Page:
Category : Movie Review

Director: Paul Thomas Anderson

Starring: Daniel Day-Lewis, Paul Dano, Ciaran Hinds

Year: 2007

In the last fifteen years, I have rated only four films as 10/10: Love Actually, WALL-E, Black Swan, and There Will Be Blood.  I don’t think I’m stingy with my praise or my ratings, I’ve rated many films as 9/10, which means I absolutely loved them, but I am reluctant to go all the way.  Out of every movie I have ever seen, which is about 2500 at this moment, I’ve only rated sixteen total as 10/10, and I think I know why.  In order to get my perfect score, a film must be nearly perfect in execution, but it also has to touch me in the exact right way, has to make me feel something I have never felt before.  Maybe that basically only happens when you’re 16-20 and you’re building your tastes alongside your friends with some of the best cinema the world has ever seen, maybe that’s the rare era that you open up your heart and let art affect you in a way it never will again.  Regardless, I don’t give top rankings lightly, but There Will Be Blood is in a league completely its own, with no other word to describe it other than ‘masterpiece’.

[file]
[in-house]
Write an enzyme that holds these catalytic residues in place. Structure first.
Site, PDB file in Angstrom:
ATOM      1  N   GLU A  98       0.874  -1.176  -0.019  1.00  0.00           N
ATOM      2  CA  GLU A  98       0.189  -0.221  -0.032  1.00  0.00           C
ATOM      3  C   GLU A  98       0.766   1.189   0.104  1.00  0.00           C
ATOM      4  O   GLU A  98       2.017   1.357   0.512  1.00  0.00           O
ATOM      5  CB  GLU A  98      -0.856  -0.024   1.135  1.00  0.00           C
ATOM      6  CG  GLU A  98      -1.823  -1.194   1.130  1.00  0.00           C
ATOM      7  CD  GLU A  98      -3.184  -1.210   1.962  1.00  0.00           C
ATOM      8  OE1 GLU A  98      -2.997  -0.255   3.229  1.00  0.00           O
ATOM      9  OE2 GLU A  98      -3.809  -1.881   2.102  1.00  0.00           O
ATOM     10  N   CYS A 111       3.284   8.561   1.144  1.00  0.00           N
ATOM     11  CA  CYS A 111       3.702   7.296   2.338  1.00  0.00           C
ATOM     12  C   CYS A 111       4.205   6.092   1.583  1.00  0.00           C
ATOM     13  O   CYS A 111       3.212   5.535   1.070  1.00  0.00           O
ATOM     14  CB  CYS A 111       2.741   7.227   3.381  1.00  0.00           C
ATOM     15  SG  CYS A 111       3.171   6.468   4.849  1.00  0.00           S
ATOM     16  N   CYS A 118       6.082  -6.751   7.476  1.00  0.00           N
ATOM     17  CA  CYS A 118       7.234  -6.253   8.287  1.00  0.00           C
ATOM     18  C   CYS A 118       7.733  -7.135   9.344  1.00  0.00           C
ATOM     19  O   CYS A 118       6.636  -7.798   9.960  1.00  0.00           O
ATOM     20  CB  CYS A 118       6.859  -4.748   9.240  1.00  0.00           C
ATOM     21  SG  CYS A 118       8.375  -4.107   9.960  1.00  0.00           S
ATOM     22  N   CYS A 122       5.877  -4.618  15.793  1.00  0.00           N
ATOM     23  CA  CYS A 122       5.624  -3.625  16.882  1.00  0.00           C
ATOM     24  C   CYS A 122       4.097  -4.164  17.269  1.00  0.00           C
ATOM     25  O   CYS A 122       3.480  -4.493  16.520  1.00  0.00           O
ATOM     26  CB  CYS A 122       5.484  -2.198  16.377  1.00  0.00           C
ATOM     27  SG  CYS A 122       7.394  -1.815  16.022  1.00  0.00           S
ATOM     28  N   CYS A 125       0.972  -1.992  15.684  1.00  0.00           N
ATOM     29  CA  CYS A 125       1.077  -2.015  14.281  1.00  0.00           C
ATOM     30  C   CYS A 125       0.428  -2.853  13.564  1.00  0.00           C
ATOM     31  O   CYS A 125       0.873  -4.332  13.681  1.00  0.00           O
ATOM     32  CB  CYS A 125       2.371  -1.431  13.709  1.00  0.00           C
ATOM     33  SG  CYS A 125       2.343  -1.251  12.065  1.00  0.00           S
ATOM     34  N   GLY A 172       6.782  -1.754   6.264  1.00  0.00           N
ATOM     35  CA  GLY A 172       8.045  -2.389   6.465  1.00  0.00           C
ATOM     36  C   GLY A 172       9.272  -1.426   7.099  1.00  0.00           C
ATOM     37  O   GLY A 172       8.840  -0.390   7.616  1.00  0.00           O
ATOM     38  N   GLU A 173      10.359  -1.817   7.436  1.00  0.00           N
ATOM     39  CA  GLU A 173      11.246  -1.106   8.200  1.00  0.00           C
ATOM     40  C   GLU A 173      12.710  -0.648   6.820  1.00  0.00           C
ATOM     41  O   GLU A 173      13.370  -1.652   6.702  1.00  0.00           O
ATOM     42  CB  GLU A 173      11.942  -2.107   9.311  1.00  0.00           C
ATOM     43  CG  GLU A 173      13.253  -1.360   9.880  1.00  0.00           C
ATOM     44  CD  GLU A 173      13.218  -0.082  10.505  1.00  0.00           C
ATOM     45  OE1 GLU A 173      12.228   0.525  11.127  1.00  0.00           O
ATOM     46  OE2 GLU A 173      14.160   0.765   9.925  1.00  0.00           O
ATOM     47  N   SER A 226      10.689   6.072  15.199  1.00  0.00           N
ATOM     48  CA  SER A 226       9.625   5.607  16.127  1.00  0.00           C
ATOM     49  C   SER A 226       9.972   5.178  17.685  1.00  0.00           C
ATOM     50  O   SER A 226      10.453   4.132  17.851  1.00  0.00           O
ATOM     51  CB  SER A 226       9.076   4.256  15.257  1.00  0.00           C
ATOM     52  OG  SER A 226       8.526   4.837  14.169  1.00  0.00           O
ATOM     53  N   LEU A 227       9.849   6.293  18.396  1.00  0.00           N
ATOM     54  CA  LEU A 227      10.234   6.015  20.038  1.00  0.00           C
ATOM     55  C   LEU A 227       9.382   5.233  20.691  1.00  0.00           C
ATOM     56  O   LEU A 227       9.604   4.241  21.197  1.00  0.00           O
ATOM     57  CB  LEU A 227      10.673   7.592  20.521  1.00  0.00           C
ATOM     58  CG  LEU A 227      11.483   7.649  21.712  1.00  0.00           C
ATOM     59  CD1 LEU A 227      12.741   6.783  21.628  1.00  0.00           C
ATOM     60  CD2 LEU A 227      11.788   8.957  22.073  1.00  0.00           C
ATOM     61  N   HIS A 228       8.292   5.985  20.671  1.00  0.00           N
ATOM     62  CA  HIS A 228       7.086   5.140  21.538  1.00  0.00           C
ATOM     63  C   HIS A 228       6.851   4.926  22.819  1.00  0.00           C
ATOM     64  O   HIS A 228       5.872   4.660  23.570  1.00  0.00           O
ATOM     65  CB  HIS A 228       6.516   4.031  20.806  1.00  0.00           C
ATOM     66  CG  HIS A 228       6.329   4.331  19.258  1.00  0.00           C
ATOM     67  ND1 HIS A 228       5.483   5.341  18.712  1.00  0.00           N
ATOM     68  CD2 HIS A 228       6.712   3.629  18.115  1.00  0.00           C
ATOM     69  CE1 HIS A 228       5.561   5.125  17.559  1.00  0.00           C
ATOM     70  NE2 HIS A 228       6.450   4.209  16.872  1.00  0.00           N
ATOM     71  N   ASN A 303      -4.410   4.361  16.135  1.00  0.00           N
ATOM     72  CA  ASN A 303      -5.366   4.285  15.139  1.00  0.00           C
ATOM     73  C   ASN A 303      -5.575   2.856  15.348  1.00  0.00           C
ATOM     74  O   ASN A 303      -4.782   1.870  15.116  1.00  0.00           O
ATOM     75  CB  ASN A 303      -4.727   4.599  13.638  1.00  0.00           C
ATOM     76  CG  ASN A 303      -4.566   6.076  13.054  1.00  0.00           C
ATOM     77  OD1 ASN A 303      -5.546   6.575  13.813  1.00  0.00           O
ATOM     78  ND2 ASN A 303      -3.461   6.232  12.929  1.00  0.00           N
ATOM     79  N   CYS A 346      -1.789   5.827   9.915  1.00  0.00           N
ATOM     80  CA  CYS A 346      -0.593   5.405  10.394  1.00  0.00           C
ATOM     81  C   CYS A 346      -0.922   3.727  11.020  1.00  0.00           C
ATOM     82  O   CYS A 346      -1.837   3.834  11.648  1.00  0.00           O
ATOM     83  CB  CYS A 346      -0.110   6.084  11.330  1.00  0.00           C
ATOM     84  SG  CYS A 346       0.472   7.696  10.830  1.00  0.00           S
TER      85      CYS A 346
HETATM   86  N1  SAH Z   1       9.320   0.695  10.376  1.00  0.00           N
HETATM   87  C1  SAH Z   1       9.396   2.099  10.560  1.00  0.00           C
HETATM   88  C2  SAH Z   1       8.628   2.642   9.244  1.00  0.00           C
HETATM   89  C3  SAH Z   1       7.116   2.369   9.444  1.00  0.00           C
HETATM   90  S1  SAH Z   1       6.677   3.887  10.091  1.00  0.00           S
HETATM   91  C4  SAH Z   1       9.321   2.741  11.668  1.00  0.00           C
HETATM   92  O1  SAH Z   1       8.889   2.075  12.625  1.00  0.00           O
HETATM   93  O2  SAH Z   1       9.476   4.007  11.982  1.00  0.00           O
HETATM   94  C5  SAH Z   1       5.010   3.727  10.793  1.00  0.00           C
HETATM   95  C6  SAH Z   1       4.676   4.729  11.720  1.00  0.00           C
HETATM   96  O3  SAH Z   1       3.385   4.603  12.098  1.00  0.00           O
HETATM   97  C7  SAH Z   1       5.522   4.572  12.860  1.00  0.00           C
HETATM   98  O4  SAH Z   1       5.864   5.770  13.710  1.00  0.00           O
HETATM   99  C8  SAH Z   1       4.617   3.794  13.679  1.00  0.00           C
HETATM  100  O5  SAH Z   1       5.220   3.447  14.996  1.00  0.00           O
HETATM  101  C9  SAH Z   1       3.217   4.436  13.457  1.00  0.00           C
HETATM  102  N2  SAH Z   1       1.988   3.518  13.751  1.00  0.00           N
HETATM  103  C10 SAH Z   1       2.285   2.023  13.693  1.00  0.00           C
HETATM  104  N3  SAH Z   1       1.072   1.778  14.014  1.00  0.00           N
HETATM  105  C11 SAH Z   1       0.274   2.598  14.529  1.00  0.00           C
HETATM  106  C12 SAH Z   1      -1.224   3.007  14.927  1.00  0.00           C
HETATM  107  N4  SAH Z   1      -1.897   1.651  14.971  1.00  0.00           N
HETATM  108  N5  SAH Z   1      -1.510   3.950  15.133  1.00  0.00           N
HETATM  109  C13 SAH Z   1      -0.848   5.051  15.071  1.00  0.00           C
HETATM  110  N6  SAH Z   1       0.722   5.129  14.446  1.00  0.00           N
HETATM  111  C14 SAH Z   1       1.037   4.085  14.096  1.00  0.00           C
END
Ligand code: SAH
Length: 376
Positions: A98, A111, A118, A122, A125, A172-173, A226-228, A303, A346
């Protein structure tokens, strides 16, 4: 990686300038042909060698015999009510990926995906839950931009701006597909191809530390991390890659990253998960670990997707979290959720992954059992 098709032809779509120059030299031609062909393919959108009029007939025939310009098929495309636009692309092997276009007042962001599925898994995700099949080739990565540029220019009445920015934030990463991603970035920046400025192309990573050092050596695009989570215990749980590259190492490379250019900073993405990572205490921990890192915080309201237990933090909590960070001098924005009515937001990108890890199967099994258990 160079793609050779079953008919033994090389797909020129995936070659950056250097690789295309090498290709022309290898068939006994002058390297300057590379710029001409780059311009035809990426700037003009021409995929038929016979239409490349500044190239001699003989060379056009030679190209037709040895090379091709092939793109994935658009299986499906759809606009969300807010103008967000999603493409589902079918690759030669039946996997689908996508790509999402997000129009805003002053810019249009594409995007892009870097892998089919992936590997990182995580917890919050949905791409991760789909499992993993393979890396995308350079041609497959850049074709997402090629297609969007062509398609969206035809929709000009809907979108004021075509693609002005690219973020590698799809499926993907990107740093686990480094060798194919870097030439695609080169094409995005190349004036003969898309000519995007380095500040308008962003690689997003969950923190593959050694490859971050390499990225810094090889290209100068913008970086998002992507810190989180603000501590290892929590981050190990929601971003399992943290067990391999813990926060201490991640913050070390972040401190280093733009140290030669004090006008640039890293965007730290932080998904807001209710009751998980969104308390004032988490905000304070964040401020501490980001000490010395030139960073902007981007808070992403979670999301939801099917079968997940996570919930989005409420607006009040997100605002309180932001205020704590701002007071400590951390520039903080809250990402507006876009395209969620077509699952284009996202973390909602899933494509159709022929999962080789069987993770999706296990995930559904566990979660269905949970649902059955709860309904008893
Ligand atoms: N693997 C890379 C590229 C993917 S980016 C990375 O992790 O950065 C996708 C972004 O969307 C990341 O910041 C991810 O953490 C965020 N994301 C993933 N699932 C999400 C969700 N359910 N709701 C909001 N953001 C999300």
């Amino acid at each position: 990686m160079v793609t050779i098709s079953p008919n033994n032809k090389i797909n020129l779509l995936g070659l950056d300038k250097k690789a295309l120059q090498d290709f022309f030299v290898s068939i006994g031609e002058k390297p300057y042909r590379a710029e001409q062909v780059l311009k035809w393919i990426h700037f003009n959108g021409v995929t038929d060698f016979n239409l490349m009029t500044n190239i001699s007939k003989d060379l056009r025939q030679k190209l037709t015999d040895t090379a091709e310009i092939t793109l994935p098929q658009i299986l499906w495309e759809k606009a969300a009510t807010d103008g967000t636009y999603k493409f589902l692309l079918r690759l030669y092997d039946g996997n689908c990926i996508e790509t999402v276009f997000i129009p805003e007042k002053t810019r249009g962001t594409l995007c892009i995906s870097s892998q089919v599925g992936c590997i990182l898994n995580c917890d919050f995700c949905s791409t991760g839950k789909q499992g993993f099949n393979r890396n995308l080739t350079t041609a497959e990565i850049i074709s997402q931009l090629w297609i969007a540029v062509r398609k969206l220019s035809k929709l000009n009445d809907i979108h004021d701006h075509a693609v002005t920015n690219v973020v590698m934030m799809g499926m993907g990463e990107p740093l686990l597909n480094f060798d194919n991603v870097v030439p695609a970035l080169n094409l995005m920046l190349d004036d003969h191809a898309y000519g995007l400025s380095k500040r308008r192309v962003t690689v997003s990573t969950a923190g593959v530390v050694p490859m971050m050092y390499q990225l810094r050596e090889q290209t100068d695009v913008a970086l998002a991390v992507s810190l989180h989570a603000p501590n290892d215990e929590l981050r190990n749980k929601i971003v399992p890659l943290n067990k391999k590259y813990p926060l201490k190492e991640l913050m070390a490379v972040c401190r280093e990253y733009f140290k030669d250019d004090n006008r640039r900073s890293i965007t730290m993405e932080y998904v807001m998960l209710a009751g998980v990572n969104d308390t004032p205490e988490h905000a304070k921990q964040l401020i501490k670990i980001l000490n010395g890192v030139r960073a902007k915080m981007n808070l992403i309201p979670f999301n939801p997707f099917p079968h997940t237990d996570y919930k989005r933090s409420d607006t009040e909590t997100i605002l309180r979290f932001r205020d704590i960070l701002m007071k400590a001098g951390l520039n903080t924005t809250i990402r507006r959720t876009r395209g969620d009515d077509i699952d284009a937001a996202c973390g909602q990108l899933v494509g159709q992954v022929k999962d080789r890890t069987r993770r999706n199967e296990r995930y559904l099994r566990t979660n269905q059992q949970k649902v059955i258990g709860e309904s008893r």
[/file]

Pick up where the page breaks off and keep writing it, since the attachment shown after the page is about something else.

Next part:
Meet Daniel Plainview, and if he tells you he’s an oil man, you will agree, as his numerous successful wells across this great country of ours prove that he speaks correctly.  He travels with his partner and son, H.W. Plainview, and the pair get the job done wherever they go.  Daniel knows oil, where to find it and how to get it up, and he’s willing to cut a deal on a moment’s notice to secure himself the most money and power possible, to create an empire for his family that will shock every man who ever wanted to make a dime.  That’s just the way he operates, and it has proven to work, until he runs up against a young man named Eli Sunday whose family owns a tract of land that Plainview desperately wants.  Eli is the head of a local religious group, the Church of the Third Revelation, and what he says goes around town.  Daniel will be forced to set aside his ego and his control in order to make a once-in-a-lifetime deal, but he is a busy man, and revenge can wait.

Paul Thomas Anderson is the goddam man, with Daniel Day-Lewis not far behind him.  PTA directed Hard Eight, Boogie Nights, Magnolia, Punch-Drunk Love, There Will Be Blood, The Master, Inherent Vice, and Phantom Thread; let that sink in for a second.  He’s an artist beyond compare, a visionary (if that’s not too insane and grandiose a word) that we’re lucky to have making movies in our lifetime.  I may claim that his prowess is dropping off slightly, that the meat of his work in the middle of his career is by far his best, but that time includes this film, so I’ll try to stay focused and not wander off into critiquing his entire filmography.  So, with that in mind, There Will Be Blood is one of the handful of features that I would call perfect, or at least as close as possible, and that’s not something I state lightly.